Dressing for the weather (by Chris)

This photo (see below) shows a typical sunny, 80º day at the beautiful tropical beach just minutes’ walk from our apartment in Xiamen.  In the photo you will see a typical Chinese family of three, dressed as though it were Minnesota in January.  I am baffled by this more than most things here.  True, these were the most bundled up people I could spot, but they were not dressing strangely by local standards.  Nearly everyone on this day wore a jacket, some wearing the heaviest jackets they owned.  Most wore hats as well.  I didn’t see anyone wearing even short sleeves.  There were more people wearing snowboots as they strolled the sand than there were going barefoot.  (A couple eccentric old men wearing Speedos were swimming a bit down the beach.  Given that signs posted everywhere warn of undertows, they are probably considered by locals to be not right in the head.)  Children are the most grievously overdressed.  Some toddlers are bundled in three or four layers, including two windbreakers, rendering them unable to move their arms and looking like Michelin men or astronauts.  On, I repeat, a sunny 80º day.

We have even had strangers stop us on the street and rub our kids’ bare arms in a scolding manner, implying that we’re underdressing them—this on, say, a 75º day.

Various explanations have been offered for what appears to be a radically different perception of temperature.  Some point to the fact that the Chinese revere light skin and live in fear of getting tanned.  True enough, and this explains parasols, which one sees here—and those floppy sun hats familiar to anyone in the world who has encountered Asian tourists—but it doesn’t explain upgrading from a simple light jacket to a parka!

Another explanation I’ve heard is that it gets so hot and humid here in the late summer months that March’s warm, gentle spring temperatures feel cold to locals.  This may be part of it, but it doesn’t explain everything: I don’t think people in Phoenix or New Orleans start dressing in snow gear when temperatures dip down to 80º.  In fact, those extremes are all the more reasons to enjoy being out in the elements when it’s mild.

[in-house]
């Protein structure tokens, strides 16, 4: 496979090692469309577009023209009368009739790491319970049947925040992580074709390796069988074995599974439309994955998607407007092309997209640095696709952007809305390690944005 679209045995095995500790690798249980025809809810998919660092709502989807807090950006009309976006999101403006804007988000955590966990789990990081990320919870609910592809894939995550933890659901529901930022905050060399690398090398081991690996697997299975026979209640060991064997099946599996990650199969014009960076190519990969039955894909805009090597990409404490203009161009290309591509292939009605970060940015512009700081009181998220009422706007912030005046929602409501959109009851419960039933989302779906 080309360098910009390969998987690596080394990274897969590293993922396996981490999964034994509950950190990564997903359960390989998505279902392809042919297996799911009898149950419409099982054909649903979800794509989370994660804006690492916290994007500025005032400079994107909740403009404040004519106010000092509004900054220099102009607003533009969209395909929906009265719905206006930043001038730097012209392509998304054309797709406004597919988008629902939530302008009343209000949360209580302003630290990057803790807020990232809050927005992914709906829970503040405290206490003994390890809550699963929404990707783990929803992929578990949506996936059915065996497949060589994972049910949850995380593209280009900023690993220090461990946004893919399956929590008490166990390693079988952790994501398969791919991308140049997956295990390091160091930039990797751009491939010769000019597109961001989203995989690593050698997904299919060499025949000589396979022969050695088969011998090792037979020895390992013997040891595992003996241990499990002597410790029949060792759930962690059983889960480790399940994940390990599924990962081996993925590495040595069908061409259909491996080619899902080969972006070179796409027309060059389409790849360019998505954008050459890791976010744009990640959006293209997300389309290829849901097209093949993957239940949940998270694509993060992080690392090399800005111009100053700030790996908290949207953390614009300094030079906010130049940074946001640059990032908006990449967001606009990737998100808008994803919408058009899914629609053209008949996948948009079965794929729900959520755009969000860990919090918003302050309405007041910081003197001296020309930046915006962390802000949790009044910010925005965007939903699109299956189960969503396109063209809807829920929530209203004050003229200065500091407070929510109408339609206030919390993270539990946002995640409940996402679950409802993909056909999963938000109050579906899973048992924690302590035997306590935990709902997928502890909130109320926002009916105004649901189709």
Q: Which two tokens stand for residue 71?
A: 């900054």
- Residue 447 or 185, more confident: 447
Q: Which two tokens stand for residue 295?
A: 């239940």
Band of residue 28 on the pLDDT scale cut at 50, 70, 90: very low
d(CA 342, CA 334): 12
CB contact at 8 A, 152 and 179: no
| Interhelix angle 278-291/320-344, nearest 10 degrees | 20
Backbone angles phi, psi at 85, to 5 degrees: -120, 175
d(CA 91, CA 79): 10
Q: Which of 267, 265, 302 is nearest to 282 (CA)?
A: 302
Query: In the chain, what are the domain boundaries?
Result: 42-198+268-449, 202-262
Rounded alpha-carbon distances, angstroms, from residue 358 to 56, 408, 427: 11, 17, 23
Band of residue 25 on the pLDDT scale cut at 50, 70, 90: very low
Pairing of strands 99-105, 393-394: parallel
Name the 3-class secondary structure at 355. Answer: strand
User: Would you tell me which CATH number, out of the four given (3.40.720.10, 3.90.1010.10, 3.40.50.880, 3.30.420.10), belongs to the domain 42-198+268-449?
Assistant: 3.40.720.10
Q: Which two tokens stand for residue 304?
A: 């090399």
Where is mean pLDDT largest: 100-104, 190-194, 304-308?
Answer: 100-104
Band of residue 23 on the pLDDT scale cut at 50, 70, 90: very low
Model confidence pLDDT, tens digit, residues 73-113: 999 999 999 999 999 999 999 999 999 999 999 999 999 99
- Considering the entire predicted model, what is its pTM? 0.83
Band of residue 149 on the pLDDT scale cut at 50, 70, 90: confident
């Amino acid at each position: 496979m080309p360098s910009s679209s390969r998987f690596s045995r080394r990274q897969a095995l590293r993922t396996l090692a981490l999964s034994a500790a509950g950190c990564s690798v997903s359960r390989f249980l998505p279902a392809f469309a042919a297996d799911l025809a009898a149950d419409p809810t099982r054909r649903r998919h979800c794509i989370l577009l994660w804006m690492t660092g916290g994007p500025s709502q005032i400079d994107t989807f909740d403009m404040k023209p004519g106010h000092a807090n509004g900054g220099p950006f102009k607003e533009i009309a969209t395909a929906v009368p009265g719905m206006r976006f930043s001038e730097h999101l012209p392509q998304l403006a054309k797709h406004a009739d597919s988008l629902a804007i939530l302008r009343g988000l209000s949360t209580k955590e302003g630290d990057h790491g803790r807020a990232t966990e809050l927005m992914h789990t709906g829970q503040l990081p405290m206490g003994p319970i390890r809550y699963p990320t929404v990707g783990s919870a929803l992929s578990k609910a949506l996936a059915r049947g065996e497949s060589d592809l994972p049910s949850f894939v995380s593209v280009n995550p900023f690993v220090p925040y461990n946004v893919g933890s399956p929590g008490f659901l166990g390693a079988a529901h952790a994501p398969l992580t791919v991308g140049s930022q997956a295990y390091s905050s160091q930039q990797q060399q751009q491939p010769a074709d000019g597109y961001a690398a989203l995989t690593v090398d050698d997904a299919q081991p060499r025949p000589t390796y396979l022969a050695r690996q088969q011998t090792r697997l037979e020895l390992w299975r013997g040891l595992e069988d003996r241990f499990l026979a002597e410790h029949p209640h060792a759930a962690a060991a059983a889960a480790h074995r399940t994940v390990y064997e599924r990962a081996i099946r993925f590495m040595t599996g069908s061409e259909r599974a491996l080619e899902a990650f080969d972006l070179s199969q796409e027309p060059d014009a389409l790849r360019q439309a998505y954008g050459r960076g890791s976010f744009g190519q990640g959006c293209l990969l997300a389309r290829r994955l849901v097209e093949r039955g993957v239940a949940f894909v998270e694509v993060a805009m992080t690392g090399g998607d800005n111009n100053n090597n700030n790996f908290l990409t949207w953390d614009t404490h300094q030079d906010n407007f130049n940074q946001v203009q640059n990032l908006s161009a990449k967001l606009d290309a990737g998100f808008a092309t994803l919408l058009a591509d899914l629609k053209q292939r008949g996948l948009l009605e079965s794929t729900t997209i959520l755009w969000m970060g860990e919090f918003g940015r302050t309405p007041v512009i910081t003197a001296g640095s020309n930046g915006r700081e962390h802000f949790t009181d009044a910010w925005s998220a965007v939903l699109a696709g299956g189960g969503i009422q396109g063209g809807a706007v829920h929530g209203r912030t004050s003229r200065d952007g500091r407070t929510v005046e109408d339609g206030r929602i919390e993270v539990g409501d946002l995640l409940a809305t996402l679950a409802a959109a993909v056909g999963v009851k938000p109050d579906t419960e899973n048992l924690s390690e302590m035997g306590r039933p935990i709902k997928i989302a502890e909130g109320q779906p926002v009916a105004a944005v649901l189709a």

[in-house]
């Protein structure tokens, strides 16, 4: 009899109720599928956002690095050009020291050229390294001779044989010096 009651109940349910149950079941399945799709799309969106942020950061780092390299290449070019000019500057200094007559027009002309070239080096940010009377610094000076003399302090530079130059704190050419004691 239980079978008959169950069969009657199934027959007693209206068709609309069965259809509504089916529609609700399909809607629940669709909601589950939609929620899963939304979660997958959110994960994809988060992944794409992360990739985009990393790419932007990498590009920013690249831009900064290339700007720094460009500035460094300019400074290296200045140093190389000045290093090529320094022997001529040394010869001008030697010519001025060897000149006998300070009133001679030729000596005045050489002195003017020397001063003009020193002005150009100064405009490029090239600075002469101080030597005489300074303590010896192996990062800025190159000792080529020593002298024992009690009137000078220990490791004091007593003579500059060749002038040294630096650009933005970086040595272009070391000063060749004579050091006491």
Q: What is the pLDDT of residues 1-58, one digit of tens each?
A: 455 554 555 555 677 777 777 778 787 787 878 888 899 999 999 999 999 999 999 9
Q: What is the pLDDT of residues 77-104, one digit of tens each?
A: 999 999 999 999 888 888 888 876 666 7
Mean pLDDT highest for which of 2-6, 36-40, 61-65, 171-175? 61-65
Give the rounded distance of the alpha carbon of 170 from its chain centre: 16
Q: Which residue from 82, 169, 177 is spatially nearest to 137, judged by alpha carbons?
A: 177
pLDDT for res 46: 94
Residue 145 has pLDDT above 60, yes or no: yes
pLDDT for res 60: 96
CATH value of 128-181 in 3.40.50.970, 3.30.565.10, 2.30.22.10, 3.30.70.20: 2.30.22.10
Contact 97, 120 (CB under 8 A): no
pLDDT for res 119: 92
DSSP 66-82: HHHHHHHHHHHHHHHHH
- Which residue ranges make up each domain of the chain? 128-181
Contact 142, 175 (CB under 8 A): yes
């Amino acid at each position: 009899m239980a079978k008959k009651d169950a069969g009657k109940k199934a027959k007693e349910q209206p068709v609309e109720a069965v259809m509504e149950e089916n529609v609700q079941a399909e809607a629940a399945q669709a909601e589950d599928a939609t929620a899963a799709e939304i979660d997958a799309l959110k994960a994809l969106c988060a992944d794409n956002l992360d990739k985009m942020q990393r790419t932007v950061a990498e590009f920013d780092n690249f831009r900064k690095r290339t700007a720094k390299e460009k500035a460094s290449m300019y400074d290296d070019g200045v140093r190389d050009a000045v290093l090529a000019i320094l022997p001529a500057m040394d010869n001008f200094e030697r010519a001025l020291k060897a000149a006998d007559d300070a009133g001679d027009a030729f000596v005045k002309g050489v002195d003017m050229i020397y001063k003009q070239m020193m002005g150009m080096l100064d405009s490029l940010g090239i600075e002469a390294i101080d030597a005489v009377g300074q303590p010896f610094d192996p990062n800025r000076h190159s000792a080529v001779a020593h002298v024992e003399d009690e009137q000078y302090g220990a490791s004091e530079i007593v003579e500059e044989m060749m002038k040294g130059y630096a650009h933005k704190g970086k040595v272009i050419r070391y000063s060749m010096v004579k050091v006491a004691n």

For me, this remains a mystery.  And I’m sure Chinese people who see us are equally baffled and wonder if there’s something about Caucasians that makes us impervious to the bitter cold of Xiamen in spring—and then wonder also if they can somehow rescue the poor little Asian girl that we’re dragging around in that underdressed state.

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About The neurodiversifier

I am an ADHD poet/professor from a neurodiverse family.
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One Response to Dressing for the weather (by Chris)

  1. janet sorby says:

    I am so enjoying your observations. I had to smile at this entry because it reminds me of my life experiences. As a child in Seattle, I was not allowed to go to school from November to Easter without my long heavy stockings held up with a garter belt, my wool undershirt, and a hat on my head as they did in Sweden. I was the only child in my class dressed like this. To this day I seldom venture out without a hat. The temperature outside was irrelevant because it was all about drafts. When Angela was born in March, I was expected to keep her bundled in a bunting and in wool sweaters and hats. My grandmother would have called the people Xiamen wise.

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